Judicial appointment conundrum continues; NJAC issue raised again

Both commission and collegium system have their own infirmities

The minister’s statement, curiously, comes just days after CJI NV Ramana’s remarks about debate in law-making being given the short shrift by parliamentarians. Nevertheless, whether a new NJAC is the need of the hour merits discussion.
The minister’s statement, curiously, comes just days after CJI NV Ramana’s remarks about debate in law-making being given the short shrift by parliamentarians. Nevertheless, whether a new NJAC is the need of the hour merits discussion.

Law minister Kiren Rijiju has told Parliament there is a groundswell for bringing back the National Judicial Appointments Commission (NJAC) Bill. The minister’s statement, curiously, comes just days after CJI NV Ramana’s remarks about debate in law-making being given the short shrift by parliamentarians. Nevertheless, whether a new NJAC is the need of the hour merits discussion.

The collegium system of judicial appointments, while seen as an important instrument to preserve the independence of the judiciary which is part of the basic structure of the Constitution, is not without problems. Questions have been raised in the past about the transparency of appointments. While some experts argue that the October 2017 resolution of the Supreme Court collegium to publish online all its future resolutions addresses this concern, the effect, all things considered, is only partial. The opacity over the eligibility criteria/considerations behind a recommendation for an appointment or a transfer remains. Indeed, some recent decisions reflect this starkly; then Chief Justice of the Tamil Nadu High Court Vijaya Kamlesh Tahilramani resigned in September 2019 after the collegium upheld its decision to transfer her to the Meghalaya High Court, one of the smallest in the country. Bear in mind, Tahilramani was the senior-most High Court judge in the entire country at the time. The collegium responded to the controversy by merely saying it had “cogent reasons” and would reveal these if required. If indeed there were genuine, unimpeachable reasons behind its final decision, these should have been brought to light.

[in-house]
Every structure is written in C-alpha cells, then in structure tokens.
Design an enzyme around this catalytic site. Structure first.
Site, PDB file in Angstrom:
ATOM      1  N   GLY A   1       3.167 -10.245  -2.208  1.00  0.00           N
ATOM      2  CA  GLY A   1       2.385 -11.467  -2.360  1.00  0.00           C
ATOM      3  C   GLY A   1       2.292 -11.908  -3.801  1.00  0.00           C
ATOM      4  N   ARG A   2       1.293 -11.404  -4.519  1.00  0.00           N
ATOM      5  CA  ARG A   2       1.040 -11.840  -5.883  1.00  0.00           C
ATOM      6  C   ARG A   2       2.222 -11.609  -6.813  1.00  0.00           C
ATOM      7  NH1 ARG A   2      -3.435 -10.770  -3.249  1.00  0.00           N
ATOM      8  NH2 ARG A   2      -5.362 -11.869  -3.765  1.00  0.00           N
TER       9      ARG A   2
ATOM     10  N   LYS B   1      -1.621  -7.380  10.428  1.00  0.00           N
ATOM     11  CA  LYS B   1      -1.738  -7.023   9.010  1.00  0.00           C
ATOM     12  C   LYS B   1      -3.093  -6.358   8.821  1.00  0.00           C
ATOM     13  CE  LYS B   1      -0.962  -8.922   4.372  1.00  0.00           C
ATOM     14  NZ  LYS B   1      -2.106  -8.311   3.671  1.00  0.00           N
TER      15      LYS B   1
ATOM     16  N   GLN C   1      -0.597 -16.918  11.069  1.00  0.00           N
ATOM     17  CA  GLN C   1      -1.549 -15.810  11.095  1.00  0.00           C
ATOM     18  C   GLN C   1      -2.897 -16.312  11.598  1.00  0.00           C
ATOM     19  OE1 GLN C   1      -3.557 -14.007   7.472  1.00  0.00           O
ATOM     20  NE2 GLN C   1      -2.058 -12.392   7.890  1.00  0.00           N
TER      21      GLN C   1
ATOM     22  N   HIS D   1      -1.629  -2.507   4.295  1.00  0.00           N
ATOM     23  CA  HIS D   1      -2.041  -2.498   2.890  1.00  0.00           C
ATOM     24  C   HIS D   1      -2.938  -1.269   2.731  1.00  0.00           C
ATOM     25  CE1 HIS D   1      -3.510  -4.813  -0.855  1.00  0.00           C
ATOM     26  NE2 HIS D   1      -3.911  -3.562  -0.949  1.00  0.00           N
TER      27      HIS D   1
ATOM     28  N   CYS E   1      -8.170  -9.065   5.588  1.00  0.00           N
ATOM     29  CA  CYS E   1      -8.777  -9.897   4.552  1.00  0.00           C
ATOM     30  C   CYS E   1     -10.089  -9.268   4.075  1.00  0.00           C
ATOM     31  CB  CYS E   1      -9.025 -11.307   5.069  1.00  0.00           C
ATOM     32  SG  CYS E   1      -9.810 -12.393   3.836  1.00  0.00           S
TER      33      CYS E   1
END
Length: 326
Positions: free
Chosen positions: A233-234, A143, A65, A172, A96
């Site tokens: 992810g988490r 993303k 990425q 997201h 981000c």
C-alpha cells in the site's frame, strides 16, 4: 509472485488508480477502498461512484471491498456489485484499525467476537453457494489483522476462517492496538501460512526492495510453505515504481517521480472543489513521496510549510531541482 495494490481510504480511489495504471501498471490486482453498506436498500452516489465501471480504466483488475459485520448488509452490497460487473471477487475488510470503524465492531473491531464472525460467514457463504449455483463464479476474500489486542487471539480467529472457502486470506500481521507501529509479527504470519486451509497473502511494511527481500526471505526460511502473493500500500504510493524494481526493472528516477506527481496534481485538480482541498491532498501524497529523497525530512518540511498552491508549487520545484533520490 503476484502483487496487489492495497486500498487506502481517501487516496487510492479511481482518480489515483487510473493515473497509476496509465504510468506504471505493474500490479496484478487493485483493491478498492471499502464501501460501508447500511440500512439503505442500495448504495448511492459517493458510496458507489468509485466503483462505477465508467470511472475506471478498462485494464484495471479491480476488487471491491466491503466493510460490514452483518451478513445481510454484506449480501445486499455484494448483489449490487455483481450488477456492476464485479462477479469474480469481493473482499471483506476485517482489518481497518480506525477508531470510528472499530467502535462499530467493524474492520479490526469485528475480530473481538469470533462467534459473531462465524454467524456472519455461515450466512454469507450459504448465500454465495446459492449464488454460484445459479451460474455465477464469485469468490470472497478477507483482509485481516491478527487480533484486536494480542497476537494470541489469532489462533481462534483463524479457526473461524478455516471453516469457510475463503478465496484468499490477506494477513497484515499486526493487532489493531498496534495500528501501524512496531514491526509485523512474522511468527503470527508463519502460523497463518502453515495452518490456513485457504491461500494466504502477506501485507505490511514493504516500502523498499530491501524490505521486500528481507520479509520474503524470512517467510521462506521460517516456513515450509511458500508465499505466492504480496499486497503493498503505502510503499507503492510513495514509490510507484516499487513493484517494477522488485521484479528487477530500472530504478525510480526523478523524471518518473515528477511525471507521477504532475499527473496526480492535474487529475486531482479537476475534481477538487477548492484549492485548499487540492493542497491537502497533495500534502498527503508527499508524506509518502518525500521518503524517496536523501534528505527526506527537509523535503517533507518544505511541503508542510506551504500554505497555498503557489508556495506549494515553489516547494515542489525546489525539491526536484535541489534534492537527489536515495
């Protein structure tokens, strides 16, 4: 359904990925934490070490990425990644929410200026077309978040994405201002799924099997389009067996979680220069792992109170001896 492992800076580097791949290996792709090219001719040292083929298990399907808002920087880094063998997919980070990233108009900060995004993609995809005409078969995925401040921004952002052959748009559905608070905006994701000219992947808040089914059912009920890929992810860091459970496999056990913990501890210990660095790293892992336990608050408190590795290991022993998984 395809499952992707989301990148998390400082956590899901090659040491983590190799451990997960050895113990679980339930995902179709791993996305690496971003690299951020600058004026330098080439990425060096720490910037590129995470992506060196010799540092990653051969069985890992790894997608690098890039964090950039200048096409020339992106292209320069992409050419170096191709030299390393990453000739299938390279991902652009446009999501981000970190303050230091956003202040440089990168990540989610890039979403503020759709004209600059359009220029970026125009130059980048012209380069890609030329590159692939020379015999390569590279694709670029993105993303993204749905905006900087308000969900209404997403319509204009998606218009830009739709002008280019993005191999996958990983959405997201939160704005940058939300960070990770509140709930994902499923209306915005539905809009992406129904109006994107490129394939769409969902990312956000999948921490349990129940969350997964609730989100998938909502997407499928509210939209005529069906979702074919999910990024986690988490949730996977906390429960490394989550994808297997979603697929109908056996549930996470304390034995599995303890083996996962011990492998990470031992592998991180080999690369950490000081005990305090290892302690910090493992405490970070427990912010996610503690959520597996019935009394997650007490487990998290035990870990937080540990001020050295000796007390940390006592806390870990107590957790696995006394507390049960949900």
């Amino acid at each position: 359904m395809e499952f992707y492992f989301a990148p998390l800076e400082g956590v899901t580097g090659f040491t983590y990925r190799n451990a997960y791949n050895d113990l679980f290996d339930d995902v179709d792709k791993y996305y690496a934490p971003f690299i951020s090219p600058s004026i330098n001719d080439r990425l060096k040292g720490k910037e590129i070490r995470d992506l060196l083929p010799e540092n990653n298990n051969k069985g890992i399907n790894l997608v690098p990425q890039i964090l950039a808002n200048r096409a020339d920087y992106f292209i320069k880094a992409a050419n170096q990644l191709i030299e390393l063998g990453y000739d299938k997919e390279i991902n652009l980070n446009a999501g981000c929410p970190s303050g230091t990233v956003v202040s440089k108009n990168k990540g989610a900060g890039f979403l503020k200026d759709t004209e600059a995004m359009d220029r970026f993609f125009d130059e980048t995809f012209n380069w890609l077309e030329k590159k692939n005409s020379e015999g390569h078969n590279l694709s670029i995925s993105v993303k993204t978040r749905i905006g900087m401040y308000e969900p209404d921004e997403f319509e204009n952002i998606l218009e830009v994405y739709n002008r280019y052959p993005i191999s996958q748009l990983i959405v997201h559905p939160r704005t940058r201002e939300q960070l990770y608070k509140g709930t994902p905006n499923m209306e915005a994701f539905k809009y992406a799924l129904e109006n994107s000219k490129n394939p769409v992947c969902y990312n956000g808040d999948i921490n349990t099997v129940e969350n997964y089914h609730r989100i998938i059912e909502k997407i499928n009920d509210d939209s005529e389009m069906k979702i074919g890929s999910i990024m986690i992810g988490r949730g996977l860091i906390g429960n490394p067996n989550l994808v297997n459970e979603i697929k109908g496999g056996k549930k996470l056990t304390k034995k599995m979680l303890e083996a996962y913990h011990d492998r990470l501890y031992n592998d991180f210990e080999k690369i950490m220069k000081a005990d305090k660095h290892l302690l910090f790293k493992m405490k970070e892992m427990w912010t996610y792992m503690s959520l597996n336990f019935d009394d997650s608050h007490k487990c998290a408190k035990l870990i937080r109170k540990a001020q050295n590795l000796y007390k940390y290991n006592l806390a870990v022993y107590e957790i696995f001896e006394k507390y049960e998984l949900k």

There are other instances, mostly transfers, where the collegium’s decision has met with stiff resistance from the legal fraternity because it felt these to be unfair or insufficiently substantiated. Significantly opaque selection also means it is hard to zero in on any conflict of interest a candidate may have until after an appointment is finalised. Other than that, the current appointment mechanism has meant that the higher judiciary has become a fraternity of sorts. It has created an “uncle judge” syndrome and led to the predominance of members of the bar in the higher judiciary over those promoted from the subordinate judiciary that, arguably, represents a more diverse pool.

That said, the NJAC Act passed in 2014—and struck down by the Supreme Court in 2015 as unconstitutional—suffered from serious lacuna. While the Second and Third Judges judgments of the Supreme Court had consolidated the primacy of the judiciary in judicial appointments, the NJAC Act could have potentially diluted this with its veto provision. Any two members of the six-member commission could veto an appointment; given the Union law minister and two “eminent” non-judicial members—appointed by a committee comprising the CJI, the law minister and the leader of the principal opposition party—could in theory checkmate the three judicial members (the CJI and the two next senior-most judges of the apex court), the balance of power could have very well shifted to the legislative pillar of the state. Also, with no defined criteria of “eminence”, even political ideologues, some of whom may believe in a “committed judiciary”, could have become tools to fulfil the political class’s objectives.

At the same time, judicial appointments can’t be left to the judiciary alone. The many pending vacancies in the higher judiciary is evidence the collegium system has only prolonged a turf war; the government claims it is doing “due diligence” on some recommendations but nearly four of every 10 slots for High Court judges are vacant. Indeed, delays, deliberate if the executive is no disinterested party or otherwise, can effectively mean shorter terms for judges even if their appointments are eventually cleared. A more robust alternative that protects judicial independence is needed.

Get live Stock Prices from BSE, NSE, US Market and latest NAV, portfolio of Mutual Funds, Check out latest IPO News, Best Performing IPOs, calculate your tax by Income Tax Calculator, know market’s Top Gainers, Top Losers & Best Equity Funds. Like us on Facebook and follow us on Twitter.

Financial Express Telegram Financial Express is now on Telegram. Click here to join our channel and stay updated with the latest Biz news and updates.